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GREENLAND

United States ‘plans to invest’ in Greenland military base

The United States wants to invest in its base at Thule in Greenland, an autonomous territory of Denmark.

Thule Air Base in Greenland in October 2019
Thule Air Base in Greenland in October 2019. Photo: Ida Guldbæk Arentsen/Ritzau Scanpix

Danish newspaper Berlingske obtained a censored report from the United States that details plans to invest billions of dollars in the Arctic, including US-run Thule Air Base in Greenland.

A statement from the US Air Force says the money will go to shoring up aging infrastructure, but the US Embassy declined to elaborate further. 

The plans come as a surprise to both Danish parliament and the Greenlandic government, Berlingske reports. 

“We don’t want to be talked about. We want to take part when we’re involved. This is our country so we want to know when something is happening,” Pipaluk Lynge Rasmussen, a member of the foreign and security committee in the Grrenlandic parliament and member of governing party IA, told Berlingske.

As per the trilateral agreement between Denmark, Greenland and the US, the United States is required to “consult and inform” the other nations before significant changes to their military operations in Greenland, according to Danish newswire Ritzau. Notably, the United States doesn’t need Denmark and Greenland to sign off. 

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GREENLAND

Why Denmark and Canada are about to share a border

A half-century-long peaceful dispute over an uninhabited island has ended after an agreement was reached between Denmark, Greenland and Canada.

Why Denmark and Canada are about to share a border

The 50-year spat over Hans Island has been resolved after the countries agreed to a partition of the island and the Labrador Sea, which separates Greenland and Canada.

The deal means that the Danish kingdom – of which Greenland is an autonomous territory – will be extended by an area the size of Jutland, Funen and Zealand combined.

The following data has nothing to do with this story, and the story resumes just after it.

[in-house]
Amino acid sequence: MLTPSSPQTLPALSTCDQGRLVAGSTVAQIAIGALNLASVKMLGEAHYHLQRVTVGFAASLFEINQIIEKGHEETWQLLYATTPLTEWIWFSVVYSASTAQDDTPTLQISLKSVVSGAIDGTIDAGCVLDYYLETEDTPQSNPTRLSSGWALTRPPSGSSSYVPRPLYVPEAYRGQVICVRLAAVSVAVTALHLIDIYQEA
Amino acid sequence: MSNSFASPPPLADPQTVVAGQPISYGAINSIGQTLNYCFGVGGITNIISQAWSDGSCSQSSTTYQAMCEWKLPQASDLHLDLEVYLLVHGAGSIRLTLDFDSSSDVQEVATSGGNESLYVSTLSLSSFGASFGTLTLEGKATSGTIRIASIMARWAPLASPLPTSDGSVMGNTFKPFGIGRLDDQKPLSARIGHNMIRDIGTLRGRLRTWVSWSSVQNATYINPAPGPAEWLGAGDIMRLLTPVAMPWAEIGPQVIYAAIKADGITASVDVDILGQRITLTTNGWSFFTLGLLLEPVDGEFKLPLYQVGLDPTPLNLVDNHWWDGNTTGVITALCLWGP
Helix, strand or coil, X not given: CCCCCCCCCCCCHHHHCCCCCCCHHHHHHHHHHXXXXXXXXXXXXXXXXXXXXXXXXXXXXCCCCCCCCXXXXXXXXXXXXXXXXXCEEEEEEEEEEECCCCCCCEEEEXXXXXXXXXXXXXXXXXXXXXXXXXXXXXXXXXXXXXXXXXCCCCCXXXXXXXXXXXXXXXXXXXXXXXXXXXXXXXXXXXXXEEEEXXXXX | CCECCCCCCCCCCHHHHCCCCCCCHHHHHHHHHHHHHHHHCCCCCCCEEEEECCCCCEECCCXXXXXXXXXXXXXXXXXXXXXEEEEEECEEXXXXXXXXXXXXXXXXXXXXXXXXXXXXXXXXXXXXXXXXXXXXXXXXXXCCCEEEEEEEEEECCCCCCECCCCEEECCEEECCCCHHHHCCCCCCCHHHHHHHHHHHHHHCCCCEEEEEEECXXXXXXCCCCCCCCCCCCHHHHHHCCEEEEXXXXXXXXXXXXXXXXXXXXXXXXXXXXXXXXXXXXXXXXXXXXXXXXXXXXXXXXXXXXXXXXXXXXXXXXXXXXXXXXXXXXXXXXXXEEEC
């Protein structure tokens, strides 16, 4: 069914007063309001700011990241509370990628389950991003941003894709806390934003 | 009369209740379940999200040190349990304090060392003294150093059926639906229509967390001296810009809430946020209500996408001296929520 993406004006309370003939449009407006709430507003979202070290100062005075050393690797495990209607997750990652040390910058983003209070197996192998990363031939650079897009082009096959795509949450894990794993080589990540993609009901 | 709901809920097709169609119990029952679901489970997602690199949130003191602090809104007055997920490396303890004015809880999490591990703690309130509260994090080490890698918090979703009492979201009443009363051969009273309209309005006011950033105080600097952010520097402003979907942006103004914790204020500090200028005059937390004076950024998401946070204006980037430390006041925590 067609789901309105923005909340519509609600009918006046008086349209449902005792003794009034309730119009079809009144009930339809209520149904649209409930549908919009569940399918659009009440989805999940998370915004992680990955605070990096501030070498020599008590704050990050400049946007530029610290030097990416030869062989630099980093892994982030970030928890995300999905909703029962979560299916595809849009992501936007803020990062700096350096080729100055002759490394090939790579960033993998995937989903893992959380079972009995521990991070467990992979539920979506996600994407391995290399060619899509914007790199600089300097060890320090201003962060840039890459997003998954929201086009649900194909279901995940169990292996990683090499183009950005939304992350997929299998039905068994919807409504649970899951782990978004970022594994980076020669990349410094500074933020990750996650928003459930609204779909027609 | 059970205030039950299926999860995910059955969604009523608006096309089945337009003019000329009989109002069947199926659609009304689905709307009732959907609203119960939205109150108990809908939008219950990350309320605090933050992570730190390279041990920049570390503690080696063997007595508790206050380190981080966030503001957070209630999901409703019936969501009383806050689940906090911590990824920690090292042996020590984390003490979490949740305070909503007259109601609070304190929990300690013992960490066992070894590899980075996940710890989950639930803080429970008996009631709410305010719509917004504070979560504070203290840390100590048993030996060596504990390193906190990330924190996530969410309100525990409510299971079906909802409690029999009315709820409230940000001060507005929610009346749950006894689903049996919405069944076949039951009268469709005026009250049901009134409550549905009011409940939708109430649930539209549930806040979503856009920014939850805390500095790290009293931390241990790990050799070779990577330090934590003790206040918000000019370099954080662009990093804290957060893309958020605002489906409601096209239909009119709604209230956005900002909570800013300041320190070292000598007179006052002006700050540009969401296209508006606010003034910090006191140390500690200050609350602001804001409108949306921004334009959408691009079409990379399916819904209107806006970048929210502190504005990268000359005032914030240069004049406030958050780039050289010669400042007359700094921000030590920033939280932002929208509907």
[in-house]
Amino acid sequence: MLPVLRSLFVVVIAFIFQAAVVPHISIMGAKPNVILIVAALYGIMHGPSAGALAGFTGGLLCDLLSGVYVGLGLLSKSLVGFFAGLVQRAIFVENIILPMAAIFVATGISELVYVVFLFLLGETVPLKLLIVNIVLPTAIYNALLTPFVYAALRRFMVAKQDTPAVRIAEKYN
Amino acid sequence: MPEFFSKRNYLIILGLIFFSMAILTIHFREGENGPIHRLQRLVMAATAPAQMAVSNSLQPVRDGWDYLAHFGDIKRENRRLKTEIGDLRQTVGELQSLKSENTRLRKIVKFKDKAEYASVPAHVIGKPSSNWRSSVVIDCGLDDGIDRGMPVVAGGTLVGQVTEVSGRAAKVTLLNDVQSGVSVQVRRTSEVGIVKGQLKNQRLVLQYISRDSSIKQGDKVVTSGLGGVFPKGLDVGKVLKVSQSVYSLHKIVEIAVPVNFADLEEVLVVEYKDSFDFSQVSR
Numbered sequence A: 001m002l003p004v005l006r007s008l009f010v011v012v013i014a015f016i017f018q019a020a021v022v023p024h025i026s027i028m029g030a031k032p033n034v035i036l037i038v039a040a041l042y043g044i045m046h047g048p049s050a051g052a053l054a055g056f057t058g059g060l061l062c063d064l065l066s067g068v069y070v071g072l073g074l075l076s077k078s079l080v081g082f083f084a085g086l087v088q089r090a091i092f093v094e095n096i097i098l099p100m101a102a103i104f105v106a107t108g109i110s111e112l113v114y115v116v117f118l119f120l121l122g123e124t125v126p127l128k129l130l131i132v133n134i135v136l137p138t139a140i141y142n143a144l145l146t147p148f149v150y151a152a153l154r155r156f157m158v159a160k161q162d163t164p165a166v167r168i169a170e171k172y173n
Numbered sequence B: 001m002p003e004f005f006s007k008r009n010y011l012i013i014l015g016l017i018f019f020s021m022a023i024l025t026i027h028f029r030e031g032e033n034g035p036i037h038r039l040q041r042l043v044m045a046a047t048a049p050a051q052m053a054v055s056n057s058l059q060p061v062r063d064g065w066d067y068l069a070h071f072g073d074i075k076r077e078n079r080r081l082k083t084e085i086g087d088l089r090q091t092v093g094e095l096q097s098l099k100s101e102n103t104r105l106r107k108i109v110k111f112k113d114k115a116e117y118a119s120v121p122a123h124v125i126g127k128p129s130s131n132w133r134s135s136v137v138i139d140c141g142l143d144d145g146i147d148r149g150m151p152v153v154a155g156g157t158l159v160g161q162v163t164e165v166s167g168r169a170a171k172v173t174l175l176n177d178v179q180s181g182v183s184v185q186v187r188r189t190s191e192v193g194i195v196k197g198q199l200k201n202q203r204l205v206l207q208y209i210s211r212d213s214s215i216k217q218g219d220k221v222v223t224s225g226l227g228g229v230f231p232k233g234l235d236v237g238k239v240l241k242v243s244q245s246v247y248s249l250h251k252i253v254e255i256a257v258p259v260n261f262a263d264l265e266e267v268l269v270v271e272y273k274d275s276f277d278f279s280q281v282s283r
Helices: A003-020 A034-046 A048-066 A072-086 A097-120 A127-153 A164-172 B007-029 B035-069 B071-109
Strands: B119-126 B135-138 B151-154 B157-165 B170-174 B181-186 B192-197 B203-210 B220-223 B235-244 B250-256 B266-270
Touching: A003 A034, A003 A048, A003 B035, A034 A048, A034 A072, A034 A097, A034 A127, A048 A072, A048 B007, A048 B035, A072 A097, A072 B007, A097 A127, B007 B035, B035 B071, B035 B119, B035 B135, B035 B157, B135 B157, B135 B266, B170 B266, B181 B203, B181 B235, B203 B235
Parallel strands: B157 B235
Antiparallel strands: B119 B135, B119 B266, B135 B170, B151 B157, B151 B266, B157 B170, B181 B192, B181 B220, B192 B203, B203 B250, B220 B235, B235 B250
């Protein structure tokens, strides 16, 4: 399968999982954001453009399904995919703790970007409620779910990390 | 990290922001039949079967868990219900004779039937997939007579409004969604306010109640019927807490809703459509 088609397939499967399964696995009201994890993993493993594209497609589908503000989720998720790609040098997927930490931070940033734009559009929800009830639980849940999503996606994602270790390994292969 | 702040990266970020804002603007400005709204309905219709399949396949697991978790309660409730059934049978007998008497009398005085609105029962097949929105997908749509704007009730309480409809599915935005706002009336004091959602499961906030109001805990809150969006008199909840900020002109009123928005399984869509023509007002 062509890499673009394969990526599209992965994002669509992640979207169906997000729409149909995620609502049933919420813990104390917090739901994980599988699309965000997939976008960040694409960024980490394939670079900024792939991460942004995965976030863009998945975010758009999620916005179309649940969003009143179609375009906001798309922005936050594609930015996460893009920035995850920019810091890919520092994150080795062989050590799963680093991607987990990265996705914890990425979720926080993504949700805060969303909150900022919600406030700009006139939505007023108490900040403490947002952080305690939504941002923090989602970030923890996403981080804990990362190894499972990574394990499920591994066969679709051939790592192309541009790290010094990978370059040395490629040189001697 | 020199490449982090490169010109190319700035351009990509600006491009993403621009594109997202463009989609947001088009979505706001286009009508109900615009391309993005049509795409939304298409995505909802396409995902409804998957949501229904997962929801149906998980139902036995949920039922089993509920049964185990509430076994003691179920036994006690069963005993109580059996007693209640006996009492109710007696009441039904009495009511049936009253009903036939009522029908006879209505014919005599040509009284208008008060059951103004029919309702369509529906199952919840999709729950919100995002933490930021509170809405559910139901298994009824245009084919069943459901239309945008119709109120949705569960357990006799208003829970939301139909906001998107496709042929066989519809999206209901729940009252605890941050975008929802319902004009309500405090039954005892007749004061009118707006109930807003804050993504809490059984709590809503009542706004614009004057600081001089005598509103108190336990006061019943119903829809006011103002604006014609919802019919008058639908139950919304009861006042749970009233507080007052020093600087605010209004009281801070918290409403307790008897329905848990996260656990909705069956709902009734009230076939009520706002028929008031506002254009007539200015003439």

Hans Island is a barren island around 1.3 square kilometres in size. Located between Greenland and Canada, it is symbolically significant for both countries.

Talks have been ongoing since a special focus group was appointed in 2018 in an effort to find a solution to the longstanding territorial dispute.

The agreement means a border will run from the north to the south of the island along a ridge, with one half being part of the Danish kingdom and the other Canadian territory.

Should Greenland ever become fully independent from Denmark, the Hans Island area would become part of Greenland, which is itself the world’s largest island.

In addition to partitioning Hans Island, the agreement also fixes a maritime border stretching a distance of 3,882 kilometres from the Lincoln Sea to the Labrador Sea. This border will be the world’s longest sea border and the most northerly part of the Schengen area.

One half of the area separated by the new sea border will also become part of Denmark’s territory.

The agreement was scheduled to be signed by the three countries at a ceremony on Tuesday. It must also be approved by the Danish parliament. This is expected to be a formality.

The dispute over the island has been ongoing since the 1970s but has always been peaceful.

In the 2000s, Denmark asserted its claims to the island on several occasions by raising the Danish flag and leaving a bottle of schnapps. Canada responded by leaving its own flag and a bottle of whisky.

The dispute has not affected the Inuit population of the area, who use the island for navigation purposes. It is known by the Thule people as Tartapaluk, meaning “kidney shaped”, while the name Hans comes from a Greenlandic hunter and expedition leader.

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